Kyndryl will also be an innovator in its own right, he says, starting out with 3,000 patents awarded, 800 pending, and more likely to be filed before year-end. “We are far more innovative than people think,” he says. “Almost 40% of our patents are in AI. You wouldn’t think about that for an infrastructure company.” Those inventions won’t just be put up for sale. “We actually want to use them for the client, for their modernization and transformation work.”
The third big concern CIOs have raised about the split, he says, is whether they will still have access to the right partners. “They come with a list of who they want us to partner with,” he says. “Every operating environment is different, and the recipe to help someone modernize or optimize their environment is never the same twice. You need to make sure you have the right partners at the table with you.”
Kyndryl’s new management have been educating people internally and externally about how they can help build the ecosystem partner environments that will help the company thrive, he says.
The role of technology
Technology will play a key role in enabling the ecosystem, and Shagoury’s role is at the heart of that. “I run all the development, all of the architects, all of the research and the platforms themselves. So how we’re delivering the tools and the services, as well as the strategic platforms, how we’re going to deliver our services in a new way going forward in this ecosystem model,” he says.
He wants to expose the technology that Kyndryl has inherited, and that it will build, so that its employees working in different industries, in different practices, are aware of what is available, and can see whether it is applicable to their work.
Much of that technology concerns automation. “We’re doing over 9 million automation activities every month for clients,” Shagoury says, including server lifecycle management, incident response and remediation, all the way down to asset and patch management services. Automation is creeping up the stack, he says, and now includes robotic process automation (RPA) services and programmatic automation services beyond that.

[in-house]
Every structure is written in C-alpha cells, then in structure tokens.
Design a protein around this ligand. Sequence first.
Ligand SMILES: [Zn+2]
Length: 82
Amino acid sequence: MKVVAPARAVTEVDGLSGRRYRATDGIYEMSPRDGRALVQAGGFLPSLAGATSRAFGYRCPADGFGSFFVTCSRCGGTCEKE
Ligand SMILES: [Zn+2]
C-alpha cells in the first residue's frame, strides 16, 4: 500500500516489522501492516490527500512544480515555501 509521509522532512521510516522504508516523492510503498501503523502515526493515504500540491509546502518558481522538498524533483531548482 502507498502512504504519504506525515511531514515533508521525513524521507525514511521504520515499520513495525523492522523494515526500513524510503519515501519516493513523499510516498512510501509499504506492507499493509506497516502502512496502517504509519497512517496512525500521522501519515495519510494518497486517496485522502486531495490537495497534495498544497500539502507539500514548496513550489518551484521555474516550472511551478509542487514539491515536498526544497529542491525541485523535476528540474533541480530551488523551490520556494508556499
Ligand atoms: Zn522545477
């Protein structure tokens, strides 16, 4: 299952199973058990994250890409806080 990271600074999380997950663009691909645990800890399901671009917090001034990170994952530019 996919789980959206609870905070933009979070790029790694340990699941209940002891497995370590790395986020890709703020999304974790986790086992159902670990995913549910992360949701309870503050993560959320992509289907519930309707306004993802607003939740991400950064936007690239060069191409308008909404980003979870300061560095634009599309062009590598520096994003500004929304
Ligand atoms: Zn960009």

The managed infrastructure services business that is now Kyndryl has been collecting metadata about its operations. “We’ve now created one of the world’s largest operational data lakes around this metadata, so we now have AI components that are now feeding our client operations or automation tools, as well as our planning tools,” he says.
Opening up the ecosystem
Shagoury doesn’t want the knowledge of those tools to stay buried within Kyndryl. “Those tools are very rarely exposed to our partners and to our clients. And this becomes a huge opportunity for us,” he says. “Now we’re exposing that to the client, saying, ‘Hey, do you want to look at these tools yourself? Do you want to see how we can actually help you be a part of what we’re working on, so you don’t need all managed services?’”
His goal is to open up the possibility of customers choosing from a self-service menu of Kyndryl’s capabilities, or of bringing partners deeper into the Kyndryl ecosystem.
“If I came to you today, and we wanted to brainstorm on something, you’re going to want to have everything on the table: ‘What are the ingredients we have to work with? What’s going to help me modernize faster, compete better, adopt technology in a more secure way for my business?’ And that is the best recipe to engineer and design the right outcome for the client,” he says.
Peter Sayer covers enterprise applications for CIO.com.